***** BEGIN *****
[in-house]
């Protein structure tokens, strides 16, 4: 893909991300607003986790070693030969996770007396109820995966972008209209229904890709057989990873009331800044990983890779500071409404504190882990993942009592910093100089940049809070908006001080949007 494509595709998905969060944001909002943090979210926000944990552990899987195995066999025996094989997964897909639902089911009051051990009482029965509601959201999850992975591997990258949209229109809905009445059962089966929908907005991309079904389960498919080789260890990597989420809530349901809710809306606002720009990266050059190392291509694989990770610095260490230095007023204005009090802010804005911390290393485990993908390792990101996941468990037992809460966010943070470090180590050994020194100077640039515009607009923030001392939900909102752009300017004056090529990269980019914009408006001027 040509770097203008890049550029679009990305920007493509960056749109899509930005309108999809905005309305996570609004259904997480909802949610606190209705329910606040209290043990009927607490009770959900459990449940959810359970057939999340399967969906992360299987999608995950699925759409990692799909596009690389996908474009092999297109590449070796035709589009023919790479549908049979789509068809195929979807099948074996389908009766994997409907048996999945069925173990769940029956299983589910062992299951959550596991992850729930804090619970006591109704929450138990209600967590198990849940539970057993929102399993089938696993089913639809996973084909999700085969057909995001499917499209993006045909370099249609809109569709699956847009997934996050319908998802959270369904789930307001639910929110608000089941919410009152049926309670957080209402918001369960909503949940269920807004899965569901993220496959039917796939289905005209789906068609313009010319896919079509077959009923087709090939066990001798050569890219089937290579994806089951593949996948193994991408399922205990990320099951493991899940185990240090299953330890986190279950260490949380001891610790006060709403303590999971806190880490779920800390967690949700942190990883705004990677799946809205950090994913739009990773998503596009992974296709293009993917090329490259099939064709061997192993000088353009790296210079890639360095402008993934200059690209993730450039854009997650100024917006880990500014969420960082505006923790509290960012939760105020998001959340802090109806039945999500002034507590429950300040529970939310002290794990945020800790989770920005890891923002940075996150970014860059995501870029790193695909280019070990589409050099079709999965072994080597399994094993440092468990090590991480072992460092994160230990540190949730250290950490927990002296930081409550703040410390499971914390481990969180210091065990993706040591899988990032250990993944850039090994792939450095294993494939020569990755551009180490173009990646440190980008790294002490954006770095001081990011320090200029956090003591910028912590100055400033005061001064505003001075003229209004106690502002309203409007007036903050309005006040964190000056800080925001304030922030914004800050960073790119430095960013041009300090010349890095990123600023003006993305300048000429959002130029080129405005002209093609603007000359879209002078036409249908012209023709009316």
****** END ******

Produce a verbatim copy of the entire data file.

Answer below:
[in-house]
């Protein structure tokens, strides 16, 4: 893909991300607003986790070693030969996770007396109820995966972008209209229904890709057989990873009331800044990983890779500071409404504190882990993942009592910093100089940049809070908006001080949007 494509595709998905969060944001909002943090979210926000944990552990899987195995066999025996094989997964897909639902089911009051051990009482029965509601959201999850992975591997990258949209229109809905009445059962089966929908907005991309079904389960498919080789260890990597989420809530349901809710809306606002720009990266050059190392291509694989990770610095260490230095007023204005009090802010804005911390290393485990993908390792990101996941468990037992809460966010943070470090180590050994020194100077640039515009607009923030001392939900909102752009300017004056090529990269980019914009408006001027 040509770097203008890049550029679009990305920007493509960056749109899509930005309108999809905005309305996570609004259904997480909802949610606190209705329910606040209290043990009927607490009770959900459990449940959810359970057939999340399967969906992360299987999608995950699925759409990692799909596009690389996908474009092999297109590449070796035709589009023919790479549908049979789509068809195929979807099948074996389908009766994997409907048996999945069925173990769940029956299983589910062992299951959550596991992850729930804090619970006591109704929450138990209600967590198990849940539970057993929102399993089938696993089913639809996973084909999700085969057909995001499917499209993006045909370099249609809109569709699956847009997934996050319908998802959270369904789930307001639910929110608000089941919410009152049926309670957080209402918001369960909503949940269920807004899965569901993220496959039917796939289905005209789906068609313009010319896919079509077959009923087709090939066990001798050569890219089937290579994806089951593949996948193994991408399922205990990320099951493991899940185990240090299953330890986190279950260490949380001891610790006060709403303590999971806190880490779920800390967690949700942190990883705004990677799946809205950090994913739009990773998503596009992974296709293009993917090329490259099939064709061997192993000088353009790296210079890639360095402008993934200059690209993730450039854009997650100024917006880990500014969420960082505006923790509290960012939760105020998001959340802090109806039945999500002034507590429950300040529970939310002290794990945020800790989770920005890891923002940075996150970014860059995501870029790193695909280019070990589409050099079709999965072994080597399994094993440092468990090590991480072992460092994160230990540190949730250290950490927990002296930081409550703040410390499971914390481990969180210091065990993706040591899988990032250990993944850039090994792939450095294993494939020569990755551009180490173009990646440190980008790294002490954006770095001081990011320090200029956090003591910028912590100055400033005061001064505003001075003229209004106690502002309203409007007036903050309005006040964190000056800080925001304030922030914004800050960073790119430095960013041009300090010349890095990123600023003006993305300048000429959002130029080129405005002209093609603007000359879209002078036409249908012209023709009316």